Dear WAD Readers, dear sweet WAD Readers, I fear I've put you all to sleep with this CAD-tastrophe, but it was truly a big deal today. What it was for me was 1) a waste of my time, 2) a revelation that the wrong person is managing the files, 3) an escalation of hostility between two people whom I both respect, 4) an illustration of how technology can simultaneously help and hinder, and 5) a glimpse into the Fifth Concentric Ring of Dante's Easy-Bake Oven that is Sarge's life.

I cornered him later. "Dude, is this what every meeting with Pomme de Terre is like?"
He shrugged. "Yep. Every single time. They were actually pretty good today; usually they break into four or five shrill voices trying to get their point across all at once."
I rubbed my temple. "Dear God."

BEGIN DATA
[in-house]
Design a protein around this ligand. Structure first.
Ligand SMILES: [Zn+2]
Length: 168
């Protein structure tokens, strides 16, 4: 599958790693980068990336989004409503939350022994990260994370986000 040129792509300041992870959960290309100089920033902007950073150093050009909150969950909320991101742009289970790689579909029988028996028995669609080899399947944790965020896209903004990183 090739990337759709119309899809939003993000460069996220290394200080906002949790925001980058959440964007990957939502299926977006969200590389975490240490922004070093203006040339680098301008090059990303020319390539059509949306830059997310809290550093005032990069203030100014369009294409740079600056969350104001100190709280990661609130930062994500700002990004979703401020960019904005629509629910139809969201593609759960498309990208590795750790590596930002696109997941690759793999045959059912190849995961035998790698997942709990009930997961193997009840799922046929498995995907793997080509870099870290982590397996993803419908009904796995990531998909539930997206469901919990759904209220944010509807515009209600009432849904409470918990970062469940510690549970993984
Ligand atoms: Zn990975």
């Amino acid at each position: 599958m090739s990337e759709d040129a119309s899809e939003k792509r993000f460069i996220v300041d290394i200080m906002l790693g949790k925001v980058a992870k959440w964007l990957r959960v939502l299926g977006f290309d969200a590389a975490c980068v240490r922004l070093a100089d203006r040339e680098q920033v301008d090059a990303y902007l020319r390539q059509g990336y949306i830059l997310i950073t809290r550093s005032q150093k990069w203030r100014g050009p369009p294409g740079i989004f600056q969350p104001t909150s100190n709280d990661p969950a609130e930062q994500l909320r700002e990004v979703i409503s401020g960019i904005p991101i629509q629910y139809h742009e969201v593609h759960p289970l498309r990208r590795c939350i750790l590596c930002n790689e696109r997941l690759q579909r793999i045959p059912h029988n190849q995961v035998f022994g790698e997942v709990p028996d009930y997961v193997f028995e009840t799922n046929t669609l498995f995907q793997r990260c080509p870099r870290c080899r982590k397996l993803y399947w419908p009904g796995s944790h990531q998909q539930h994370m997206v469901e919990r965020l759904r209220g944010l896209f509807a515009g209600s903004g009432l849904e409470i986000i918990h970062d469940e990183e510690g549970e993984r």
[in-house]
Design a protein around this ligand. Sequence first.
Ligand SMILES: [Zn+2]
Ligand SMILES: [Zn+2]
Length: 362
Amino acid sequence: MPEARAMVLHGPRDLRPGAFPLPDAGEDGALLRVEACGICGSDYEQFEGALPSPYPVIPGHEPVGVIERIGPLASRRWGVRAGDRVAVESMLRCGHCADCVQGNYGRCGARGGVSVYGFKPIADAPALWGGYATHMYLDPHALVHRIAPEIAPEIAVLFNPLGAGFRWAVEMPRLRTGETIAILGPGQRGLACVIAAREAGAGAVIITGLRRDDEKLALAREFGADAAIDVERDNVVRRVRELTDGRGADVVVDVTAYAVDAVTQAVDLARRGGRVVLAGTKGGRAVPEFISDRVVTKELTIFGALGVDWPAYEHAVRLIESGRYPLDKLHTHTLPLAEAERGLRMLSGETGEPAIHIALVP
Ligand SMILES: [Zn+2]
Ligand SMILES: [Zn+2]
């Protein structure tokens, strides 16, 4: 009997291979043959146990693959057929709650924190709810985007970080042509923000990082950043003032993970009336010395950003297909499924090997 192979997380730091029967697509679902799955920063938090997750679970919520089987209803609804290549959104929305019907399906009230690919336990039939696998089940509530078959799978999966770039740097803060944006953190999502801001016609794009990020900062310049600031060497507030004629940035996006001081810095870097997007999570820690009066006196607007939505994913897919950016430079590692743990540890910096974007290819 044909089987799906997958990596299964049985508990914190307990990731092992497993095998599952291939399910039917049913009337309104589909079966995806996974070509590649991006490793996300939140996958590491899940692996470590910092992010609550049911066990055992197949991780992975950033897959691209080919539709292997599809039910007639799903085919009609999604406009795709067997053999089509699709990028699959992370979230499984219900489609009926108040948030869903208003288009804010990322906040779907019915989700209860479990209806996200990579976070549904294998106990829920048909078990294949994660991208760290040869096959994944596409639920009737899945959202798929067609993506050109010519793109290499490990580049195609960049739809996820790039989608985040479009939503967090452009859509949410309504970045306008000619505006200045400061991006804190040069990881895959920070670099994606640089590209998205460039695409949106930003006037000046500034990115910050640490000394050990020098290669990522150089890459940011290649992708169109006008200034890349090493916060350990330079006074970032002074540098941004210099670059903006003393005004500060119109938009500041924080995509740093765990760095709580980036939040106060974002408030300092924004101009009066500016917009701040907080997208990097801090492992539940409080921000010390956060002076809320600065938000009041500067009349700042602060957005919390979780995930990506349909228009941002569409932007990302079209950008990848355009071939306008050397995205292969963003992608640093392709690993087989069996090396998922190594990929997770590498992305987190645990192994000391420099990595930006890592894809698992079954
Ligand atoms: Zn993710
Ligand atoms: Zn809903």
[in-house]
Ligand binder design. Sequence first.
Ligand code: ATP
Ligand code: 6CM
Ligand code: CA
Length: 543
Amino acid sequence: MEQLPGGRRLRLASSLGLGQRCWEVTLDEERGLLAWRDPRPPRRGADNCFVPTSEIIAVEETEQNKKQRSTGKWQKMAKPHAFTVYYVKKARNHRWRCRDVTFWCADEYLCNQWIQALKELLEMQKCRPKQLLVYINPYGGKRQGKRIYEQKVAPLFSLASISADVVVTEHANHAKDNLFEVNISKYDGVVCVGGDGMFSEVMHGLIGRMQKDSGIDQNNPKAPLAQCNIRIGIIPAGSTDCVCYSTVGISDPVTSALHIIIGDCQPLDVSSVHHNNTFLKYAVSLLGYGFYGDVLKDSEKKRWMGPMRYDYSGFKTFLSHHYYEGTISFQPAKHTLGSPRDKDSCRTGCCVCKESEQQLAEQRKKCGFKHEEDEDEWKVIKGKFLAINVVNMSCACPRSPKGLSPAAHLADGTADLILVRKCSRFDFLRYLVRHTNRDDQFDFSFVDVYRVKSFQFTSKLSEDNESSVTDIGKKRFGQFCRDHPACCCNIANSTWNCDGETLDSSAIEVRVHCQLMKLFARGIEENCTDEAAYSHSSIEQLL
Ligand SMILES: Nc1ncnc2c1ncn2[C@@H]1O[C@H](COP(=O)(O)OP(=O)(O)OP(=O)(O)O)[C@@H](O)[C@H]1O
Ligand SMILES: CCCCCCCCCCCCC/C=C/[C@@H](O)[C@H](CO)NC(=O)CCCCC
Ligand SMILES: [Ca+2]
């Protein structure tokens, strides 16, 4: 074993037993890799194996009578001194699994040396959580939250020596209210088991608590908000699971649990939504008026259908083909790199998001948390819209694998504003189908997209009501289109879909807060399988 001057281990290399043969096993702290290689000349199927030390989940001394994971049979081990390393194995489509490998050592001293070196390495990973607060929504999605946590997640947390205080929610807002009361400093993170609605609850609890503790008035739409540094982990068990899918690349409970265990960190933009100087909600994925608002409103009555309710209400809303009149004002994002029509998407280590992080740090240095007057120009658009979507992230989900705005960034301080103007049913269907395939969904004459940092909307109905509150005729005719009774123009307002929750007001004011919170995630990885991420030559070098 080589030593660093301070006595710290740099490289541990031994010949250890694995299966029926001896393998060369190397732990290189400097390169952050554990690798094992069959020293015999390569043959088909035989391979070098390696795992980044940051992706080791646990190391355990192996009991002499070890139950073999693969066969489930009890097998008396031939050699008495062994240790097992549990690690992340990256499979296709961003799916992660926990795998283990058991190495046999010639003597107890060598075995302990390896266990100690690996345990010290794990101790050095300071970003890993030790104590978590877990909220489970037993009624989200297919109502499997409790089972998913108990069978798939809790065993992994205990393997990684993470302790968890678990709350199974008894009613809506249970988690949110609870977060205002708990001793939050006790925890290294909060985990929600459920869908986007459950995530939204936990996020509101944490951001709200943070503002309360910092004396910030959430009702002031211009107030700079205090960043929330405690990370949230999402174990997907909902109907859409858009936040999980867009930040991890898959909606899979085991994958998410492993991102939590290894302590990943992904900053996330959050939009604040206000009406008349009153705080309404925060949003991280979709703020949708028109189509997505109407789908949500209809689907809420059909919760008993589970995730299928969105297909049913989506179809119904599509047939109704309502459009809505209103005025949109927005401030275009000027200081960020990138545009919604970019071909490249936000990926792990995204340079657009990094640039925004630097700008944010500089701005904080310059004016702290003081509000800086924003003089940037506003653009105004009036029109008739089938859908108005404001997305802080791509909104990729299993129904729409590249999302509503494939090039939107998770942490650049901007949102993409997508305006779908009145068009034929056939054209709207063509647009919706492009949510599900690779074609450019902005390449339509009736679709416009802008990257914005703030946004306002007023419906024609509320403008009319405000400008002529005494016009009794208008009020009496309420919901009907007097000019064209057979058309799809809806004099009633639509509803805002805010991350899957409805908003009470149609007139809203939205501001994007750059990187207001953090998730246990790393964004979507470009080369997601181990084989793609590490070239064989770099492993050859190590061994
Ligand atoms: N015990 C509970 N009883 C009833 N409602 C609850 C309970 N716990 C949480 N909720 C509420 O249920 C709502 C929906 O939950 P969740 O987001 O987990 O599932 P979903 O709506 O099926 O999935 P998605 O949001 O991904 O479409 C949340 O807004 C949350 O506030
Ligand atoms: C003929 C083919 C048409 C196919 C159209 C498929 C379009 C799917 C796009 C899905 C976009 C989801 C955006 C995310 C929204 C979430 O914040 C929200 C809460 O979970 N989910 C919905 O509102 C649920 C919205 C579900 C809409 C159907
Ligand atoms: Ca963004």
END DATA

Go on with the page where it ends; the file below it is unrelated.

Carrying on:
"Yep." Sarge wrapped up his laptop cables and tucked them back into their case. "I'm gonna go slam my head in a car door. I'll be back after lunch."

6 comments:

Miss Kitty said...

You should get one Xanax for every hour of meetings you have to endure. Sort of like combat pay.

BaxterWatch said...

Ah. That is why I love working with men. Less undercurrents of drama. And control freaks are pretty much acknowledged, and either allowed to control or are verbally beat into submission. Nothing about "Well, I know you FEEL that way, but..."

Then again, its a little disconcerting to watch one chew out another and then act like buddies 30 minutes later. We wimmen aren't wired to let. it. go.

but that's the point.
:)

Sarge said...

If only combat pay would serve as some form of compensation for this...

<--[NIGHTMARE (TYP.), RE: ARCH]-->

Mile High Pixie said...

BaxterWatch: Yeah, there's pros and cons to working with either gender. I have to say though that I find it easier to close a topic and move on with men than with women. Sometimes, our love of processing every single thing bogs things down. Fortunately, I have my wit to extricate me from any pissing contests with men.

Miss Kitty and Sarge: Combat pay indeed! And yes, staffing and personality clashes are "typical" nightmares in architecture. Ought to be written into the contract....